Lying and Reciprocity
Eberhard Feess and
No 7368, CESifo Working Paper Series from CESifo Group Munich
Recent literature has shown that lying behavior in the laboratory can well be explained by a combination of lying costs and reputation concerns. We extend the literature on lying behavior to strategic interactions. As reciprocal behavior is important in many interactions, we study a theoretical model on reciprocity where a player's altruism depends on her perception of the other player’s altruism towards herself. We analyze a sequential two-player contest and vary the second mover’s information on the first movers lying behavior. This allows us to derive predictions on the second mover’s behavior which we test empirically in a large scale online experiment and in the laboratory. In both experiments, the second mover’s lying propensity does not depend on whether the first mover has (possibly) lied or not. This robust behavioral pattern provides strong evidence that reciprocity does not play a role for lying behavior in our setting.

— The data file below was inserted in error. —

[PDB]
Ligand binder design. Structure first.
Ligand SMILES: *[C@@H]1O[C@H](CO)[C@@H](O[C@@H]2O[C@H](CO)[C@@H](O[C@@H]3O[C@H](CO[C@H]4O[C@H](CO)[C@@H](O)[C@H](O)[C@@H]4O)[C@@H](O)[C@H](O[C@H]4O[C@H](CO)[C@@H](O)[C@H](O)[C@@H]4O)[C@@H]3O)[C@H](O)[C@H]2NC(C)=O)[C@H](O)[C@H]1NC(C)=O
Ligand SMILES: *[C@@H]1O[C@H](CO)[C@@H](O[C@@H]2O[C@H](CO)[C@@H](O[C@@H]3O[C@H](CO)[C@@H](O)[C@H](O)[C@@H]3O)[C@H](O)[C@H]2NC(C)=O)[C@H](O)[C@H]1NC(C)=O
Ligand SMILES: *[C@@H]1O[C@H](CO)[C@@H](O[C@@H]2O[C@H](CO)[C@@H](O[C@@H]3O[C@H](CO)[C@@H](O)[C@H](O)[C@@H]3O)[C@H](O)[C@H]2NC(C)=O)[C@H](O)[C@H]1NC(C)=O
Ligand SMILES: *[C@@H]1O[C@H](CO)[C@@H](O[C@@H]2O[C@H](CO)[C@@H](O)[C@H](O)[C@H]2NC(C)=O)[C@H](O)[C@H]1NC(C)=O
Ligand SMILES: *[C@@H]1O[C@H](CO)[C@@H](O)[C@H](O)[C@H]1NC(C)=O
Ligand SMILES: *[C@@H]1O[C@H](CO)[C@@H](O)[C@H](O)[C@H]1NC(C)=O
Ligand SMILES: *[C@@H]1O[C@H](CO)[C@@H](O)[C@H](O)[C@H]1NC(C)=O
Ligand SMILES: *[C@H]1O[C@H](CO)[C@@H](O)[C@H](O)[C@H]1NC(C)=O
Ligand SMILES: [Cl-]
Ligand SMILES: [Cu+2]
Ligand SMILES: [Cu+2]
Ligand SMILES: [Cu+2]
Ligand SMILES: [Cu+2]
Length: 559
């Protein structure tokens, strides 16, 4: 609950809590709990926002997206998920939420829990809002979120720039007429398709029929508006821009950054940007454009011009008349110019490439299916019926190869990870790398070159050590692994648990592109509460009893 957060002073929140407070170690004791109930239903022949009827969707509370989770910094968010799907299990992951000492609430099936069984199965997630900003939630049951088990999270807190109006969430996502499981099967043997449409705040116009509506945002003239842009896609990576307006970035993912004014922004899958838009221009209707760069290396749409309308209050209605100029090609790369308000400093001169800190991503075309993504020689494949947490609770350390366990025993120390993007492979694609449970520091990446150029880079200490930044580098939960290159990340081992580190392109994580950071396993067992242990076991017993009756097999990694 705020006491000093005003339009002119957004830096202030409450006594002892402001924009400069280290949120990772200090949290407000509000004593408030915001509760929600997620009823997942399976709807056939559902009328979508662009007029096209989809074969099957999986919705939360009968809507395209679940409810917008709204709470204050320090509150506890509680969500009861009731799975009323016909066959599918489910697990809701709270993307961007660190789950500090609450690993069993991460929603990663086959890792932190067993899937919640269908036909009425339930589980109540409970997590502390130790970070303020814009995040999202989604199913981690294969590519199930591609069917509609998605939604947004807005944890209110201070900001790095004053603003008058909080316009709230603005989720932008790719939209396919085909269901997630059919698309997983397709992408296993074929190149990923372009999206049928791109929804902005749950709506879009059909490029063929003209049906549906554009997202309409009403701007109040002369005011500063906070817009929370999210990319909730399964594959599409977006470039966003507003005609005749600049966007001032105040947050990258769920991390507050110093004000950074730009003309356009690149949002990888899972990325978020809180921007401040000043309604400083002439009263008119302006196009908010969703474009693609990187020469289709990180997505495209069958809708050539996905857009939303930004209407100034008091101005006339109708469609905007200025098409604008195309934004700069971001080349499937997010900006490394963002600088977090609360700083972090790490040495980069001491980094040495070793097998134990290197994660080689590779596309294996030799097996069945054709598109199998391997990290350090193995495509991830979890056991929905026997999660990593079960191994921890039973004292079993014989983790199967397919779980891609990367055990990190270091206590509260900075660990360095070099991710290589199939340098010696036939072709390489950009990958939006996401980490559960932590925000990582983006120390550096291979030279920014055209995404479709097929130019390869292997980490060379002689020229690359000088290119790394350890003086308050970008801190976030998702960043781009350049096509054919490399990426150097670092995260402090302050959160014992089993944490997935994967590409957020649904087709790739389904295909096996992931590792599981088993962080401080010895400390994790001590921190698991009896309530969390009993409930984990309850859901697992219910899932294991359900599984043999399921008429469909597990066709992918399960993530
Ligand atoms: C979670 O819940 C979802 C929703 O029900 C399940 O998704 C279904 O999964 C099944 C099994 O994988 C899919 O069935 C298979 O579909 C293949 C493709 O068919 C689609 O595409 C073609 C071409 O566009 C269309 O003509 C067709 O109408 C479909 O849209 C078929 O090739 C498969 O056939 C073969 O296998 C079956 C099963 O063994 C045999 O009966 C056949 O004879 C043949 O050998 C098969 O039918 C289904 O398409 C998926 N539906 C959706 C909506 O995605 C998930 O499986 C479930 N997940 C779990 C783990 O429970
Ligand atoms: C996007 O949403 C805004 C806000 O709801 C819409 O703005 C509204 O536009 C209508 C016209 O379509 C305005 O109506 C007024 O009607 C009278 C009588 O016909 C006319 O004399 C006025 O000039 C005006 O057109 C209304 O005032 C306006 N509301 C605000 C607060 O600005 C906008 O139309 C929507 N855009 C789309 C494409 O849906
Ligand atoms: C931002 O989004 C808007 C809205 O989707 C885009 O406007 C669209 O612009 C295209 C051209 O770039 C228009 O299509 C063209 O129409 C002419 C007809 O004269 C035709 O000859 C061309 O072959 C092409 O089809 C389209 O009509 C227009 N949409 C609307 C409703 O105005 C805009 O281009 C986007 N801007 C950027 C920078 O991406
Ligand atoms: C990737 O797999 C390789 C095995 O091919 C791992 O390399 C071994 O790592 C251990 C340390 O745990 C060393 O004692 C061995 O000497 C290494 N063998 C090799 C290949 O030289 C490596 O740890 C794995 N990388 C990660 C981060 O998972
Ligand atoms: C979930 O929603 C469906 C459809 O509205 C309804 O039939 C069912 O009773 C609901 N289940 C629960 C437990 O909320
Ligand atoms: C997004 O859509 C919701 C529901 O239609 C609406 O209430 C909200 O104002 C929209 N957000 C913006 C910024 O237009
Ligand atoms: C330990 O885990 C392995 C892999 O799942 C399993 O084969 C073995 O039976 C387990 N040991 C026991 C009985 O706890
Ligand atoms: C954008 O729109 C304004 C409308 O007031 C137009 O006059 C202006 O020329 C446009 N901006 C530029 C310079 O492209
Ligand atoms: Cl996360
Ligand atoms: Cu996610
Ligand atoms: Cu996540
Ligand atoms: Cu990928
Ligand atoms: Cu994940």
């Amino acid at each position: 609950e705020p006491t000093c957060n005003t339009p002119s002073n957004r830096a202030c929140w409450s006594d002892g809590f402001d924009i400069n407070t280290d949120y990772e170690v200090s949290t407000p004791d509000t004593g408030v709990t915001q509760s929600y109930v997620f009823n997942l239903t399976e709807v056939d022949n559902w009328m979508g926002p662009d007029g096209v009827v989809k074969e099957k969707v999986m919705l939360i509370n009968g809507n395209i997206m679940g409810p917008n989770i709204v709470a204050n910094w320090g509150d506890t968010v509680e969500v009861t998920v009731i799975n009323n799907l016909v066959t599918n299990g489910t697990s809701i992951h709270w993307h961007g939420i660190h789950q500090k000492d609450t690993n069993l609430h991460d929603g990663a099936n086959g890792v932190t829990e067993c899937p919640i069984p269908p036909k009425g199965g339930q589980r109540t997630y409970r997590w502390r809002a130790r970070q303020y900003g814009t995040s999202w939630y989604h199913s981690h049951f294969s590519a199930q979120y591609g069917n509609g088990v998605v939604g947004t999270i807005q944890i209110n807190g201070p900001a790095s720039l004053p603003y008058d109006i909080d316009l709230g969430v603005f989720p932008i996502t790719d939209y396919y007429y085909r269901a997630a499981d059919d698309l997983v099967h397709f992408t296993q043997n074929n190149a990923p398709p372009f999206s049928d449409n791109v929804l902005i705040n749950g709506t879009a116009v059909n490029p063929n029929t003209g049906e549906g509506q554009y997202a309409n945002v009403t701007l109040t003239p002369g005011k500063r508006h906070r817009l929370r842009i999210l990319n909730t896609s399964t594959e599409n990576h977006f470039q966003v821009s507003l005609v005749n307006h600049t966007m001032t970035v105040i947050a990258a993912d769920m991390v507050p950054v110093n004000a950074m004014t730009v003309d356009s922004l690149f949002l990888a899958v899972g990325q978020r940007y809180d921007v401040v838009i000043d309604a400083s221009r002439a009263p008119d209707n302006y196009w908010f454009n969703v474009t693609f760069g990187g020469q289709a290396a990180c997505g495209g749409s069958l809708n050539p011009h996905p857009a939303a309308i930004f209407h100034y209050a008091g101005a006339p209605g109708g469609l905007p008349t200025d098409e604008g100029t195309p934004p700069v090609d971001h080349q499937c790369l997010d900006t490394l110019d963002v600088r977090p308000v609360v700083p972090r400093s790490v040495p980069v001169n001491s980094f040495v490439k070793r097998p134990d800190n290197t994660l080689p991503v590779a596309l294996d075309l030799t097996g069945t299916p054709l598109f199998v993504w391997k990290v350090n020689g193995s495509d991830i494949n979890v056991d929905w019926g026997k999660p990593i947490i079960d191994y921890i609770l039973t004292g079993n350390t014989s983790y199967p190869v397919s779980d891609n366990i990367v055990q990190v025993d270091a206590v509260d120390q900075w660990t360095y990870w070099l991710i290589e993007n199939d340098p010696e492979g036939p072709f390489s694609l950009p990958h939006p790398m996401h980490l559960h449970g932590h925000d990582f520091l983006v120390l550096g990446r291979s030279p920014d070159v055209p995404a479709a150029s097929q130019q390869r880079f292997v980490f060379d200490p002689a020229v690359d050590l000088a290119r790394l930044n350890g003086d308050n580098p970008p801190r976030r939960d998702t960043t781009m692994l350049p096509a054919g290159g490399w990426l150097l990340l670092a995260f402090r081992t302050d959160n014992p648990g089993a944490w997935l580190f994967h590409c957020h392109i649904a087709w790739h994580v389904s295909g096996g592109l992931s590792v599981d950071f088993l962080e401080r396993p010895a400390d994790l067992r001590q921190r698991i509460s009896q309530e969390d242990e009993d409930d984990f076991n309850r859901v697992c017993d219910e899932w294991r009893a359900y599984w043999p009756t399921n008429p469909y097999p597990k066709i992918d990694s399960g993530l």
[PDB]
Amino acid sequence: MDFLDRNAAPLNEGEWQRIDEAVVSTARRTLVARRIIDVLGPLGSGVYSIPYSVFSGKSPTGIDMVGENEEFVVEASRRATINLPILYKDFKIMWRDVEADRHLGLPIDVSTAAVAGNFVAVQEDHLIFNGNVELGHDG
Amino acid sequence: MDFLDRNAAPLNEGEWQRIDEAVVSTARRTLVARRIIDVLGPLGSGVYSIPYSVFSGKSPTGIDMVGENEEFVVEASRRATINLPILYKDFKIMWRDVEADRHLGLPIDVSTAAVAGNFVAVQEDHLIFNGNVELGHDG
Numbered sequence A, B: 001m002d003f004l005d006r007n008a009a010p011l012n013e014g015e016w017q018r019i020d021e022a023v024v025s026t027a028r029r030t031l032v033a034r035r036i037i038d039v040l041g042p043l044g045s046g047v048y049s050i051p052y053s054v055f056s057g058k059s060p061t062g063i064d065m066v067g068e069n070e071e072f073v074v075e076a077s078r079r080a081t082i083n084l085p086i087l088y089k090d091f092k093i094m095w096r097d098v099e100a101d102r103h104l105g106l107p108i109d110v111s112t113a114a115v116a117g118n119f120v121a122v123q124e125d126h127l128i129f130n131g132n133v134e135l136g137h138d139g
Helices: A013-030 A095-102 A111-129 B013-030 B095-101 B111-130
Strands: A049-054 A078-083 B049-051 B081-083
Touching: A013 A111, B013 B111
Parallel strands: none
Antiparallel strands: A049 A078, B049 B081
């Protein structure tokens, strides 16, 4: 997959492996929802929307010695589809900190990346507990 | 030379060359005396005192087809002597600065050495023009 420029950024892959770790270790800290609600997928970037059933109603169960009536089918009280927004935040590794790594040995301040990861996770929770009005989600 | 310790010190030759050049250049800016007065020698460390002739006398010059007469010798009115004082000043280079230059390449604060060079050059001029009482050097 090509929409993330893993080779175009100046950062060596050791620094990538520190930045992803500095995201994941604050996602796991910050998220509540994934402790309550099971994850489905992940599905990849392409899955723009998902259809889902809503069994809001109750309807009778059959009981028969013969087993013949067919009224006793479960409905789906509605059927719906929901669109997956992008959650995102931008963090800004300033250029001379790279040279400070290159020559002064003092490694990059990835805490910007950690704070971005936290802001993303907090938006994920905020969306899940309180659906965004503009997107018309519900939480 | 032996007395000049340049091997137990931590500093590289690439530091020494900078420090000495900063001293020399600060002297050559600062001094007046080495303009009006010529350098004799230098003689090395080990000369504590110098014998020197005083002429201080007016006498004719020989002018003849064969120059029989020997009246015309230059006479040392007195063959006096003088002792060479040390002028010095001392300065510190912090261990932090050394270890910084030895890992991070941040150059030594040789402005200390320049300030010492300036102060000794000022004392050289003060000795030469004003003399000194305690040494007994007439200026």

Keywords: private information; lying; reciprocity (search for similar items in EconPapers)
JEL-codes: C90 D82 D91 (search for similar items in EconPapers)
New Economics Papers: this item is included in nep-cbe and nep-exp
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Persistent link: https://EconPapers.repec.org/RePEc:ces:ceswps:_7368
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